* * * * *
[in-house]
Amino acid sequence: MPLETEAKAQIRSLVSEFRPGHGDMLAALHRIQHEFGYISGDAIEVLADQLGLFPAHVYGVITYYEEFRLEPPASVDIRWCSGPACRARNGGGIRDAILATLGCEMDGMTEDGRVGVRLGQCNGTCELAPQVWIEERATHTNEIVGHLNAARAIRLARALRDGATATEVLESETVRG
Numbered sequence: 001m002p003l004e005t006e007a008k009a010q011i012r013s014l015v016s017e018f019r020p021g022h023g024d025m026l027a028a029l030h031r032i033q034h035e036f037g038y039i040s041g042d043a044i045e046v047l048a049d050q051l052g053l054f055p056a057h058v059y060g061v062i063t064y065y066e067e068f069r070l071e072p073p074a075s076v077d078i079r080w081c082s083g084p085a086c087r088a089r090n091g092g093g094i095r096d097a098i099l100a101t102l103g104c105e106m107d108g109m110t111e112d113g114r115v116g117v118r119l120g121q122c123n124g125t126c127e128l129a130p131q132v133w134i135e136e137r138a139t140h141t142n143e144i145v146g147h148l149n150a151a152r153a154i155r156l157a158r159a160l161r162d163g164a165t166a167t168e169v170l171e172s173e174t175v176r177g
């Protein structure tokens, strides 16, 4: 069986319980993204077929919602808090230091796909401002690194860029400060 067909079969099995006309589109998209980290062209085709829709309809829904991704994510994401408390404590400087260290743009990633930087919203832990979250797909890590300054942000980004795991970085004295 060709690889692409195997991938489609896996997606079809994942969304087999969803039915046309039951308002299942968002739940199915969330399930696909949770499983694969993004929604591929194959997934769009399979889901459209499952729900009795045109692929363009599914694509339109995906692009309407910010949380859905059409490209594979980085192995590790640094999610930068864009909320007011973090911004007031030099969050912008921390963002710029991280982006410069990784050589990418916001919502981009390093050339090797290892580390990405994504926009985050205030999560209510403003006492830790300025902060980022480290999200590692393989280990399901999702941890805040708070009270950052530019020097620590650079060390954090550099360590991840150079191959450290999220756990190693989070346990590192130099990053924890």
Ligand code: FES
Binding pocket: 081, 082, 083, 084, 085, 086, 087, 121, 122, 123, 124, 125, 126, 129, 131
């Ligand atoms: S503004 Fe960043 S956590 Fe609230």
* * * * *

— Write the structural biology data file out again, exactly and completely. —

[in-house]
Amino acid sequence: MPLETEAKAQIRSLVSEFRPGHGDMLAALHRIQHEFGYISGDAIEVLADQLGLFPAHVYGVITYYEEFRLEPPASVDIRWCSGPACRARNGGGIRDAILATLGCEMDGMTEDGRVGVRLGQCNGTCELAPQVWIEERATHTNEIVGHLNAARAIRLARALRDGATATEVLESETVRG
Numbered sequence: 001m002p003l004e005t006e007a008k009a010q011i012r013s014l015v016s017e018f019r020p021g022h023g024d025m026l027a028a029l030h031r032i033q034h035e036f037g038y039i040s041g042d043a044i045e046v047l048a049d050q051l052g053l054f055p056a057h058v059y060g061v062i063t064y065y066e067e068f069r070l071e072p073p074a075s076v077d078i079r080w081c082s083g084p085a086c087r088a089r090n091g092g093g094i095r096d097a098i099l100a101t102l103g104c105e106m107d108g109m110t111e112d113g114r115v116g117v118r119l120g121q122c123n124g125t126c127e128l129a130p131q132v133w134i135e136e137r138a139t140h141t142n143e144i145v146g147h148l149n150a151a152r153a154i155r156l157a158r159a160l161r162d163g164a165t166a167t168e169v170l171e172s173e174t175v176r177g
């Protein structure tokens, strides 16, 4: 069986319980993204077929919602808090230091796909401002690194860029400060 067909079969099995006309589109998209980290062209085709829709309809829904991704994510994401408390404590400087260290743009990633930087919203832990979250797909890590300054942000980004795991970085004295 060709690889692409195997991938489609896996997606079809994942969304087999969803039915046309039951308002299942968002739940199915969330399930696909949770499983694969993004929604591929194959997934769009399979889901459209499952729900009795045109692929363009599914694509339109995906692009309407910010949380859905059409490209594979980085192995590790640094999610930068864009909320007011973090911004007031030099969050912008921390963002710029991280982006410069990784050589990418916001919502981009390093050339090797290892580390990405994504926009985050205030999560209510403003006492830790300025902060980022480290999200590692393989280990399901999702941890805040708070009270950052530019020097620590650079060390954090550099360590991840150079191959450290999220756990190693989070346990590192130099990053924890």
Ligand code: FES
Binding pocket: 081, 082, 083, 084, 085, 086, 087, 121, 122, 123, 124, 125, 126, 129, 131
């Ligand atoms: S503004 Fe960043 S956590 Fe609230």